Progress is slow, says ITAC report. Still, it only says governments should “consider” rules requiring companies to publicly explain why diversity goals aren’t being reached

 

The boards of the country’s largest information and communications technology companies are still dominated by men despite the efforts of one of the industry’s major trade groups.

In a report issued Tuesday, the Information Technology Association of Canada (ITAC) said 16.5 per cent of the boards of the 10 largest public ICT companies in Canada are made up of women.
Click here: Number of women on Cdn boards

On the one hand, that puts them on par with the average corporate board in the country. On the other hand, it doesn’t match the lead of the financial services sector. There, about 30 per cent of the boards of the nation’s five largest banks are women.

Overall Canada is now ninth among industrialized economies in terms of the percentage of women on corporate boards.“Other countries are making more progress than Canada,” says the report.

Still, when ITAC began in 2008 to ensure that women had a greater number of seats on its board it made significant progress: Today 32 per cent of its board is composed of women.

“There has been progress (in the industry), but it has been slow,” says report author Karen Wensley, a former ITAC board member who is now a consultant.
But in a conference call with reporters Wednesday to discuss the report she also said that “it is not a supply problem. It is true that there are more men than women in the eligible pool of (board) candidates, but there are plenty of strong, talented board-ready women. It is a matter of setting goals, making gender diversity a priority and using a systematic approach” to recruitment.

“Smaller ICT companies in Canada tend to be new, rapidly growing, and have significant challenges finding good candidates for their boards, whatever the gender” the report admits. Their priority, Wensley added in the conference call, is survival. Mid-sized companies are preoccupied with finding specialized board members — say, with knowledge on how to get business in Europe. That’s why she believes larger companies have to lead.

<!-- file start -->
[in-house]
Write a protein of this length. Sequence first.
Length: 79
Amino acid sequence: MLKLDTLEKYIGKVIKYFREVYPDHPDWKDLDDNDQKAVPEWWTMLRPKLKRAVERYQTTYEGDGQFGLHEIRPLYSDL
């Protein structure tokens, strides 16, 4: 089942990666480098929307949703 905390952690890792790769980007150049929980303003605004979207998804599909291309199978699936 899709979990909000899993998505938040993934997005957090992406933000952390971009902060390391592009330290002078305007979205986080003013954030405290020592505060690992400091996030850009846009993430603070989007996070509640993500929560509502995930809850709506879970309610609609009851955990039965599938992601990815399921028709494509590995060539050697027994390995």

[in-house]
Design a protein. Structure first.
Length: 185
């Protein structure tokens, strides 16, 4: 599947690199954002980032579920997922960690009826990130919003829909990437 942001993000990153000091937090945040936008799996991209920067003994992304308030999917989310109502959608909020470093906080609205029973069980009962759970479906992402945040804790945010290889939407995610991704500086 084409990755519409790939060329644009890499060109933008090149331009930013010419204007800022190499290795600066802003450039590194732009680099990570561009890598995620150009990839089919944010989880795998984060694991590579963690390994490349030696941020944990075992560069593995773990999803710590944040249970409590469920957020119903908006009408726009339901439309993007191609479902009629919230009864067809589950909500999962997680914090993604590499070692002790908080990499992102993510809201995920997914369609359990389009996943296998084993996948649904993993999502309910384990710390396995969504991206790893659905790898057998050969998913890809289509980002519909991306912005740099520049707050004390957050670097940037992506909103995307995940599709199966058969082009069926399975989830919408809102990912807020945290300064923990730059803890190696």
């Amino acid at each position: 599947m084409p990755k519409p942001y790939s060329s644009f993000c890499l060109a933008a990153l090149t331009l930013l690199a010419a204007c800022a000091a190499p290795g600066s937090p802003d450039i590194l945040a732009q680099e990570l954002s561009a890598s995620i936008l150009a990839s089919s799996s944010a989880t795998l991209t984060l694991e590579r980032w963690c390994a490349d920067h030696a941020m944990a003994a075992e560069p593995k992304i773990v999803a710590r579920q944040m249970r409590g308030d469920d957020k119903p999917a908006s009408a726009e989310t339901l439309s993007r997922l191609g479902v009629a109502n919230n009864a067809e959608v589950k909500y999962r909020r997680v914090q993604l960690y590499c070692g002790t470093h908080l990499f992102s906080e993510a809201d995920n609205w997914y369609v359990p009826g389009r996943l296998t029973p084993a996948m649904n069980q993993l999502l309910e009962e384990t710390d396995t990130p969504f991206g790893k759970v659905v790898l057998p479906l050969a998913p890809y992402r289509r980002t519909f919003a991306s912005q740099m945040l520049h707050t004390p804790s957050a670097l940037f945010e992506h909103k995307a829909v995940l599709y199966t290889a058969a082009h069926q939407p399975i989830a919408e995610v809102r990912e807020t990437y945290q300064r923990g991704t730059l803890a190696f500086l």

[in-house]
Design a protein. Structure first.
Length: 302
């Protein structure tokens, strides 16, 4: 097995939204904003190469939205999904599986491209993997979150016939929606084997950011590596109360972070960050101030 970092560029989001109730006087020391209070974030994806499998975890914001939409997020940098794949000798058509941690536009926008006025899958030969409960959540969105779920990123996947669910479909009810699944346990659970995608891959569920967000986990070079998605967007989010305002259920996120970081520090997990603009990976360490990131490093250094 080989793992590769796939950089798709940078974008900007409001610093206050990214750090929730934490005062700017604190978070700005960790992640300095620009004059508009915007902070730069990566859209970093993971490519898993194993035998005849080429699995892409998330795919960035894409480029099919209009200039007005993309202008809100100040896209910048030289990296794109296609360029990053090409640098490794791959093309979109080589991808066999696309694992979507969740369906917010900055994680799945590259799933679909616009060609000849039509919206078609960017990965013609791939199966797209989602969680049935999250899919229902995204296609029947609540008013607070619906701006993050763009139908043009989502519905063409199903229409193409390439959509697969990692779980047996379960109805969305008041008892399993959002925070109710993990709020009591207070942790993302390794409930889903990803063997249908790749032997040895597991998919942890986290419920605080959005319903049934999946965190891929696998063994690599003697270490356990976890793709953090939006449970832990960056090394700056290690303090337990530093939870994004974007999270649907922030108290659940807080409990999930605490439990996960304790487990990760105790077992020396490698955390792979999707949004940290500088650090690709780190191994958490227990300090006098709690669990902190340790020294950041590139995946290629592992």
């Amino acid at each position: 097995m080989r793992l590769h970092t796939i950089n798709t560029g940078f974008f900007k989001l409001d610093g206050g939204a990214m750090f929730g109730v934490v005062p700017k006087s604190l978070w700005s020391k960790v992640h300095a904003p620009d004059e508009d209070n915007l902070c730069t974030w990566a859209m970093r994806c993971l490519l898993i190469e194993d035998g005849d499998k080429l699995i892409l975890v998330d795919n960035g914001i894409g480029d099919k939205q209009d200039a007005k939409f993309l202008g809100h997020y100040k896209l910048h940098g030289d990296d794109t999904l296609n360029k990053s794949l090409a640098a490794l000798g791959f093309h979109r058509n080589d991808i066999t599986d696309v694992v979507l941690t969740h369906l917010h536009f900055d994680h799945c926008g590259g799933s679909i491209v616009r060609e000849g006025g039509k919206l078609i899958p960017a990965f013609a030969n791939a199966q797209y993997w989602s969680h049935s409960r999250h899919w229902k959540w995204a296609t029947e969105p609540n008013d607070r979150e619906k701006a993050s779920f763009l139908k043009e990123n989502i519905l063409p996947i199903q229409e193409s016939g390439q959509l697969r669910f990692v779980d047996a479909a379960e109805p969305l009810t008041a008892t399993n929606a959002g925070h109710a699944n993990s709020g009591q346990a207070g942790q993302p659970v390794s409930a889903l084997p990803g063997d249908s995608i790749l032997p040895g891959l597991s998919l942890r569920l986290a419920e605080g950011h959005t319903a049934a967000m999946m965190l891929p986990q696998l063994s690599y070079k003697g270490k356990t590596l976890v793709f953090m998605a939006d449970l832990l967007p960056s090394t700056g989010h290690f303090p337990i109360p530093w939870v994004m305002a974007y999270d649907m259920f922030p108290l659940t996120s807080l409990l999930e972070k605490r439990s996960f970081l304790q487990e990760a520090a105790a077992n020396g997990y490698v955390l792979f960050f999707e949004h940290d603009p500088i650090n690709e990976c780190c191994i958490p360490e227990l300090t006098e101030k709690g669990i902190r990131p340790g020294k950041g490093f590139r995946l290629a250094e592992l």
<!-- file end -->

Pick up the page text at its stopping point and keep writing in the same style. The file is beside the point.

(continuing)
“It is important that the large companies set an example, for a number of reasons,” says the report. “First, accumulating research shows that more diverse boards are correlated with better corporate performance. Second, the ICT sector has struggled to attract women into engineering and computer science programs, and women board members can act as role models for younger women as well as women executives in the sector.”

The report calls on CEOs and directors of large ICT to use search firms to identify potential directors rather than rely solely on their informal personal networks, to engage with leaders of other companies on the issue of gender diversity, including ways of mentoring and championing women.

They should also consider signing on to the Catalyst Accord, which urges the top 500 Canadian corporations to have 25 per cent of their board seats held by women by 2017.

Meanwhile, leaders of small ICT companies should keep an eye open for “great women candidates for their boards.”

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What the industry doesn’t want are federal or provincial requirements for a minimum percentage of women on boards. However, it is open to the idea of regulators instituting “comply or explain” policies, where companies that fail to meet goals have to explain why to the public.

In Australia, the report notes, this approach has resulted in board membership for women jumping: Women now account for 25 per cent of new board appointments.

“The Canadian government should study the approaches taken around the world and implement the most effective,” says the report – as long as “onerous” regulations not be imposed on smaller companies.

By coincidence, on Tuesday the Ontario Securities Commission, which regulates companies that trade on the Toronto Stock Exchange, released a discussion paper proposing that TSX-listed companies and other non-venture issuers have to annually disclose their policies on increasing women on boards and senior management.

One problem – a continuing problem – is that the ICT sector struggles with attracting young women: Only about a quarter of the ICT workforce are women. That reduces the number of women who could be recruited by boards. Women in high school believe ICT companies “would not be places at which they would want to work,” says the report.

As to why it’s important for more women to be on boards, the report argues diversity pays in two ways: By sending a signal to groups that the organization is open, which brings in new ideas that end up helping the bottom line.

The report does cite two companies here that went out of their way to find women for their boards: software and services firm Softchoice (which before going private last month added two on its nine-member board), and document management company OpenText, which has three women on its nine-person board. CEO Mark Barrenechea told the report’s author that he told a search firm retained for board recruiting  that it needed to actively look for women leaders.

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